The Cheap Pop! #173

The man who runs the show
knows like a mom, what dough
an audience will let loose
and invites us, nay, seduces
us to straighten our spines
and unclasp our ties, unwind
while we start with a spectacle.

He hoists the wand in his hand
and waves a cheap Beethoven
imitation to entice and cloak
the moment, a cape to pull
over the eyes of us rubes.

And then we sit back and wait
while the performers create
the ambience, just the right
mood for our lives, our trite
easily led emotions, the house
and the simple fields we louse
around in. They must set

the swell of the story
against the mood of people
we meet, angels and devils,
each chasing the other, each
left in utter dismay.

The natives would be restless
were it not for the suits and dresses
they’ve been forced to wear, that mothers
washed for church and work, another
reason to hate occasions such
as this. But worry not, in the clutch
the ringmaster comes through again.

He takes the tie from a man
and ties it around the end
of a pole, which he sets on fire
while the fire-eater stretches
his mouth, and chows down.

The man in the center ring
talks up his tubas, trombones, singers
as if each has been carefully selected
and is perhaps a descendent direct
from Sousa, Callas or Satchmo.
Believe what you see when he says so.

If you feel somewhat cheated
when the performance fails
to match the rhetoric,
do not fret, you’ll not leave
empty handed.

Nothing but the highspots
Captain Fantastic. Please not
another clown. Get the lion tamer
or the bear wrestler, not a lame
backroom attraction. Keep curtain jerkers
and sideshow freaks lurking
in the back, in the back.

I want only the orgasm
to hell with seduction,
bullocks on foreplay
and being teased. Touch me
like a good capitalist.

Good to know, at least
the man with the baton, the priest
of the flock at least admits
the he is the wizard, that the skits
are nothing but a work
in progress. With a sly smirk
he admits as much to us.

The lovers on screen are not us,
but incantations of what we wish
in our best moments, we could be.
A man who adores his wife most
and sees which things are worthy.

Now we’ve tugged your heartstrings
made you fall in love, hear angels sing,
helped you forget the argument, the job
you’ve got, the bill and the kids. Robbed
you of all your headaches and fears,
we will plunge you into the river
of deep human sadness.

The wells humanity
creates for itself, a horror
well apart from what contempt
you hold for your boss
and your co-workers.

Then he brings out the classics,
an old fast car turning a quick
corner, snaking up behind the spy
who doesn’t know yet why
his breaks don’t work,
who in a instant is jerked
out of his auto and sent flying.

The bombs dropping,
the trees ablaze, the heros
gunned down and in their final
throes declaring love
for king, wife and country.

How long the threads that wind
down the track, through the blind
history of the Milky Way, descending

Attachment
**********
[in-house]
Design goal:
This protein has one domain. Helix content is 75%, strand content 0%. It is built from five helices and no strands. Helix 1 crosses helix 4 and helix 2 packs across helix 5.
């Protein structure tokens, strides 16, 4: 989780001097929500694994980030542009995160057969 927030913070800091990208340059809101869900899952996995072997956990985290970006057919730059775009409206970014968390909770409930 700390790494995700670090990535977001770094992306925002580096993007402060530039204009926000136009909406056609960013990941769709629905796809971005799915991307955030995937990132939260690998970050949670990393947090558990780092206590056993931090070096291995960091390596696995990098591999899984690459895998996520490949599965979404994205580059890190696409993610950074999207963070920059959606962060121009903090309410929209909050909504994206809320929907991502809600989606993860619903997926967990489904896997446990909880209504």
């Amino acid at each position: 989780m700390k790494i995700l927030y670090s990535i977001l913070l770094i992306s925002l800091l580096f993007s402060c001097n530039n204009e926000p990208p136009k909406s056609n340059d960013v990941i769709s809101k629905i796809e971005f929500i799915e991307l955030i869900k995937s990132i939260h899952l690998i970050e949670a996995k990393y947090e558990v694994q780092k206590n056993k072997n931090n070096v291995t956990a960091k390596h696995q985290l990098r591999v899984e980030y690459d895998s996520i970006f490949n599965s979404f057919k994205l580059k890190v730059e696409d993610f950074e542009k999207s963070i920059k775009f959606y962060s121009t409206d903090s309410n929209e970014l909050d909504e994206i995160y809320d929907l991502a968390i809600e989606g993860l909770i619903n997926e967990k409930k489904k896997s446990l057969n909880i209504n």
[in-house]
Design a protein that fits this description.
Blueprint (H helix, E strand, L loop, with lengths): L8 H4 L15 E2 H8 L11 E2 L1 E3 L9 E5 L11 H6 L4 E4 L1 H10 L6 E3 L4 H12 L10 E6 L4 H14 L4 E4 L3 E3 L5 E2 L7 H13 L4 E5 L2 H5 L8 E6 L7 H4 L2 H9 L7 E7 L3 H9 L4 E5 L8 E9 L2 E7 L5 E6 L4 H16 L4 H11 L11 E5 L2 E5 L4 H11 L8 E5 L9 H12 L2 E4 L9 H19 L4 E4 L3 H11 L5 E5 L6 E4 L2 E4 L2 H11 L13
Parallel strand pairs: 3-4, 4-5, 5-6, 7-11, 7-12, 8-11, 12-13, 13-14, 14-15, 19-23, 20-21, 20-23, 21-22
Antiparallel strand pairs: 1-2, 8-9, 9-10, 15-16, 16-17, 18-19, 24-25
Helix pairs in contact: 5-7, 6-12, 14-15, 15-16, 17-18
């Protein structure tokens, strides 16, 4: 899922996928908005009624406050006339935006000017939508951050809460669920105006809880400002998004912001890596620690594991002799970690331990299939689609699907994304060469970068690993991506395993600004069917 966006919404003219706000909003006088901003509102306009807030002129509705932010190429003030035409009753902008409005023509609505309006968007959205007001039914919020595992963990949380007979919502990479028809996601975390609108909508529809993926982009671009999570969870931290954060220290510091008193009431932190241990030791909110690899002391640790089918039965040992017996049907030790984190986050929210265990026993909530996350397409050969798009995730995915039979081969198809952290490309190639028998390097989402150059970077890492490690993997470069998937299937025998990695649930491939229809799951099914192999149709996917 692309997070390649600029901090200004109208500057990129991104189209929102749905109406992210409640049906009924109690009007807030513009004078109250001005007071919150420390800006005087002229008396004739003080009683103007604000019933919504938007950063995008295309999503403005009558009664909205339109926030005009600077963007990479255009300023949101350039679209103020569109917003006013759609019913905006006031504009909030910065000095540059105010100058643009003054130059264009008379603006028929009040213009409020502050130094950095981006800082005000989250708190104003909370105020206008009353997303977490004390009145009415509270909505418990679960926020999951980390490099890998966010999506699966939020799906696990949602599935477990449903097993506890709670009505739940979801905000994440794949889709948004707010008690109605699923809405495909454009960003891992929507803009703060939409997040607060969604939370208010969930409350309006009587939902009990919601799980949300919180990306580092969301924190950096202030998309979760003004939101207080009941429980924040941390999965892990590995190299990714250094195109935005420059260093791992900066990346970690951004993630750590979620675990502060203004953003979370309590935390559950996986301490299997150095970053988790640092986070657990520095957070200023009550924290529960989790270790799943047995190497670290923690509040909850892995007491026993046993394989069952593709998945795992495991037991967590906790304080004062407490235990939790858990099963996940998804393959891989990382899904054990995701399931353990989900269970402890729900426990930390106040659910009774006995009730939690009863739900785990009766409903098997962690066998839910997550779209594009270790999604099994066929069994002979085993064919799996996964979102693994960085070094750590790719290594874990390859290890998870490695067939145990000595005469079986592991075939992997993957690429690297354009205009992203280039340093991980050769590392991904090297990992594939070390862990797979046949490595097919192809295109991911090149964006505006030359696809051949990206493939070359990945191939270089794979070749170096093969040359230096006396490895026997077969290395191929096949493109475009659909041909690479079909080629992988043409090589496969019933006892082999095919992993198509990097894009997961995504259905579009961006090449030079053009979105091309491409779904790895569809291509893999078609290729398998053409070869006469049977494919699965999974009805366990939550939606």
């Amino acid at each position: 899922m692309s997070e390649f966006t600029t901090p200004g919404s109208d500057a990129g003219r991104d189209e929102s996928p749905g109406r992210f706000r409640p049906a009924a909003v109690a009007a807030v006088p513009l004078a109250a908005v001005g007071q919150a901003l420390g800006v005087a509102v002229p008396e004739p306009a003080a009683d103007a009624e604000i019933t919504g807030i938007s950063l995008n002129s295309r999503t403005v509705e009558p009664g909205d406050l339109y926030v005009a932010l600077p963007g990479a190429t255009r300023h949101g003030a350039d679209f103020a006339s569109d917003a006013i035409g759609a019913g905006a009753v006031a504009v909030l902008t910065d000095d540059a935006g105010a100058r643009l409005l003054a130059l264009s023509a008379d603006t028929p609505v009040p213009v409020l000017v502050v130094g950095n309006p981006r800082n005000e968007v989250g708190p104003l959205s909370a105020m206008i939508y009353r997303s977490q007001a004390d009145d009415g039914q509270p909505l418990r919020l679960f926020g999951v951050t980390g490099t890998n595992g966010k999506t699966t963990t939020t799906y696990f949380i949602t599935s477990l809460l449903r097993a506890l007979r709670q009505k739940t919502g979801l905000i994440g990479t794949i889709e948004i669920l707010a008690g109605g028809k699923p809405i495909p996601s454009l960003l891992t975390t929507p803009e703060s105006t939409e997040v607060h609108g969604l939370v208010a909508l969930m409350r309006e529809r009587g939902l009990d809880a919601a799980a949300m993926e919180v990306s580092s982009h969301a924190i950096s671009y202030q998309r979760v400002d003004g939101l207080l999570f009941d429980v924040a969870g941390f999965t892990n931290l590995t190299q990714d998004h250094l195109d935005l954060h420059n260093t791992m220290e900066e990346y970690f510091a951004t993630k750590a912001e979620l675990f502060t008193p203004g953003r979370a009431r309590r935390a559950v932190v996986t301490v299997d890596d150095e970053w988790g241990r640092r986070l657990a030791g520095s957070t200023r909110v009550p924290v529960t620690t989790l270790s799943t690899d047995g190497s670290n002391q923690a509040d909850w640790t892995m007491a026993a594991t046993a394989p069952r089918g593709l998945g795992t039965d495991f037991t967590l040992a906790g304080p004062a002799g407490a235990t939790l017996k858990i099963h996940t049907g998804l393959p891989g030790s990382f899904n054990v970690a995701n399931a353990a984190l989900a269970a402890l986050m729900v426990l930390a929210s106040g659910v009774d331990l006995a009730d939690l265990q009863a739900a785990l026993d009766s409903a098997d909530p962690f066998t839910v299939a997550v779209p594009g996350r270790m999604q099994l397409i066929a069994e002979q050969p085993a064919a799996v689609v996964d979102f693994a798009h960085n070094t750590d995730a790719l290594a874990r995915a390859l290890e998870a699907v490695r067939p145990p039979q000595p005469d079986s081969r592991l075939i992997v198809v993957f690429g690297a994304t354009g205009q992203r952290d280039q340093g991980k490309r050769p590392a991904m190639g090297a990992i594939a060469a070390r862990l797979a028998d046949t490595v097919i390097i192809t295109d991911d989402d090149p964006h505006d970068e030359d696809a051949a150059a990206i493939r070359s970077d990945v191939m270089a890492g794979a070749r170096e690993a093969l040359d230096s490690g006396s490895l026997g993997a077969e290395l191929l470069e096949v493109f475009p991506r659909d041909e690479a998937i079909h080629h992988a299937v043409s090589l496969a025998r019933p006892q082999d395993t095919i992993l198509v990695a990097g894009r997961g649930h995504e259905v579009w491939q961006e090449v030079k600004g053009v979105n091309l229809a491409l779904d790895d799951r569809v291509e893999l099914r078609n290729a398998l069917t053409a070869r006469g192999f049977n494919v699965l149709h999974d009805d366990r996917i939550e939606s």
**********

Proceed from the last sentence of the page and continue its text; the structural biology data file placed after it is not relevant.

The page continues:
onto our planet, our country, pretending
to be one of the folks on our street,
into the living room to sit and meet
the parents. Watch their TV

where we’ve erected temples
to the story, to the tale,
to notes like a train
that rolls into the station
and lets off the entertainers.

What the carnies create, just for you,
has been played countless times, accrued
over a number of years, in towns
here and there, the sights and sounds
are nothing new, but rather
well rehearsed pabulum, another
meaningless countryside.

Sit back, we want you to feel
as if we found each other
in the woods just down
the tracks and came together
to entertain this here hamlet.

The dance is all song
and it’s not long
before the cotton candy
gives us a belly ache. Dandy
as this all may seem, we need
Mozart for the fields, to seed
us with something we can eat.

The man with the baton
counts the bills
we’ve handed over, relieved
somehow to be rid
of our hard earned booties.

Once they’ve packed and left
with only a few scraps and cups left
trailing behind them and we must
go back to work, in our rusty
pickups and wagons, well then
we must ask, what good then
was the money we spent.

But in a life when none of this
will exist, when carnivals and hissing
snake charmers are only stories,
while people drive more and more
to amusement parks, what is lost?

We will wake when the sun says, wake
and punch a clock. We will take
lunch at the hour and be home to clean,
cook dinner, walk the dog, glean
from our loved ones a sense of the day.
At night, make love the same way
we have for generations.

The orgasms are there at times
and at times, we can forget
the trials and drudges
of our long, slow
country living.

For the whole day, we will toil
in the factory and the soil,
with the voices in our heads
of actors on stage, what they said
in that perfect moment we too often
let slip by, never to see again.

The trumpets and strings,
the long slow violins
and yes, even the percussion
make us walk home
a little straighter.

With the tenderness of a kiss
we look at our spouses
and our houses, and children.
How could one lament
a life like this.



A day is not done, until it's filled with words.

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